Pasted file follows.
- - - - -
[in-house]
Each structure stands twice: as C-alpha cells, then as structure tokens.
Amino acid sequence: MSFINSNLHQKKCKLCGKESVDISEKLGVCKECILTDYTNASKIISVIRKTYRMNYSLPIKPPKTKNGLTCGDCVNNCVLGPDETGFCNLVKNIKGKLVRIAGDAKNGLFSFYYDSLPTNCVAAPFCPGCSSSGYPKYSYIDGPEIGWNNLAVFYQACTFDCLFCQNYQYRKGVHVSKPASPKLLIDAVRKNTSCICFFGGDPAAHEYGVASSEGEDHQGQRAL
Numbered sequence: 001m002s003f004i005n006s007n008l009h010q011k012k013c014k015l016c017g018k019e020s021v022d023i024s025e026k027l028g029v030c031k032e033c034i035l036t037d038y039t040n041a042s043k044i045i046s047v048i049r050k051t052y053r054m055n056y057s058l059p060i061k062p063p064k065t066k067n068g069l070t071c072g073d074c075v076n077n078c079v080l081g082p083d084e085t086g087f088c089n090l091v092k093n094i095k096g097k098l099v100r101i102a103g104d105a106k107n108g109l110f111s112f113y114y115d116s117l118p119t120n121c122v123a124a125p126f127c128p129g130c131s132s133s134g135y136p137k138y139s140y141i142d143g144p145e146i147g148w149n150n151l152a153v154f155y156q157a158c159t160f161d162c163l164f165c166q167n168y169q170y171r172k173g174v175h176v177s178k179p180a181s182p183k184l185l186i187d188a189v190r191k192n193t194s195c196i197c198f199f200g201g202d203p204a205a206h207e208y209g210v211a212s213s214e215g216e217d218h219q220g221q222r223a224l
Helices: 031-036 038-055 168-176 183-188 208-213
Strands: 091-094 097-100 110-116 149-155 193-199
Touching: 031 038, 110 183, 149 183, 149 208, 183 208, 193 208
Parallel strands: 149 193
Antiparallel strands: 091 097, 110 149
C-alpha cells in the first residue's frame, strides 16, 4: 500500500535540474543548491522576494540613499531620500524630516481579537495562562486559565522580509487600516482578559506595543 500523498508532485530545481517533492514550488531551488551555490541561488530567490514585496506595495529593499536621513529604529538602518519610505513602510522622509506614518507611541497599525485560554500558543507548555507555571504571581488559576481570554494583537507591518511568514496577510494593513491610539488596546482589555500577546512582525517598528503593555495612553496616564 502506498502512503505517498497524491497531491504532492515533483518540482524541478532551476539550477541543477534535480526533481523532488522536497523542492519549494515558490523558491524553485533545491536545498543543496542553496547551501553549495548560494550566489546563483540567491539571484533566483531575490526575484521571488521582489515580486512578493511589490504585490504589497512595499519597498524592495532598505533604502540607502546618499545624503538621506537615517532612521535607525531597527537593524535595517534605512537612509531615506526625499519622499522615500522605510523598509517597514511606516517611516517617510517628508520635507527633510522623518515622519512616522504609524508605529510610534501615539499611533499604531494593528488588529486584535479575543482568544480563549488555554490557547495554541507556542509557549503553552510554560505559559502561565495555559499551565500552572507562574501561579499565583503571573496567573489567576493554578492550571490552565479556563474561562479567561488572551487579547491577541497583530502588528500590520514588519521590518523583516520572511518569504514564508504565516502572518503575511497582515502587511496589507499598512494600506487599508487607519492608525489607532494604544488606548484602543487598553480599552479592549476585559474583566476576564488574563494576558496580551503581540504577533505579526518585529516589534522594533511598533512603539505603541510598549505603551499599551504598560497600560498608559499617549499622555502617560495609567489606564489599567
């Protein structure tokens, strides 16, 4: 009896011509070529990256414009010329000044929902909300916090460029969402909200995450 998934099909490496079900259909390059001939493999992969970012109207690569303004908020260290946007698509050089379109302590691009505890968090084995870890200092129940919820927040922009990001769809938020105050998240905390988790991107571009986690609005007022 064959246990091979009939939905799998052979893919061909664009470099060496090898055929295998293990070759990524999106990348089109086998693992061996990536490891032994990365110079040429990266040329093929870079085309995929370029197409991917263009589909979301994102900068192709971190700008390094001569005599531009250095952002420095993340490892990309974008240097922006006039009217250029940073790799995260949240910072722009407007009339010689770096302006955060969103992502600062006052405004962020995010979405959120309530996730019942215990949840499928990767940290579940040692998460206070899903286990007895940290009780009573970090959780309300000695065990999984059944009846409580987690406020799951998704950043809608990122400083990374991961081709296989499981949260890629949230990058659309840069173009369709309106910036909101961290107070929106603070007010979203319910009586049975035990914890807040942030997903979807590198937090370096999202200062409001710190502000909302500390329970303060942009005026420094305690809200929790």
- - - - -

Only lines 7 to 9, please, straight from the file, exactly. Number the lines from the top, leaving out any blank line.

Touching: 031 038, 110 183, 149 183, 149 208, 183 208, 193 208
Parallel strands: 149 193
Antiparallel strands: 091 097, 110 149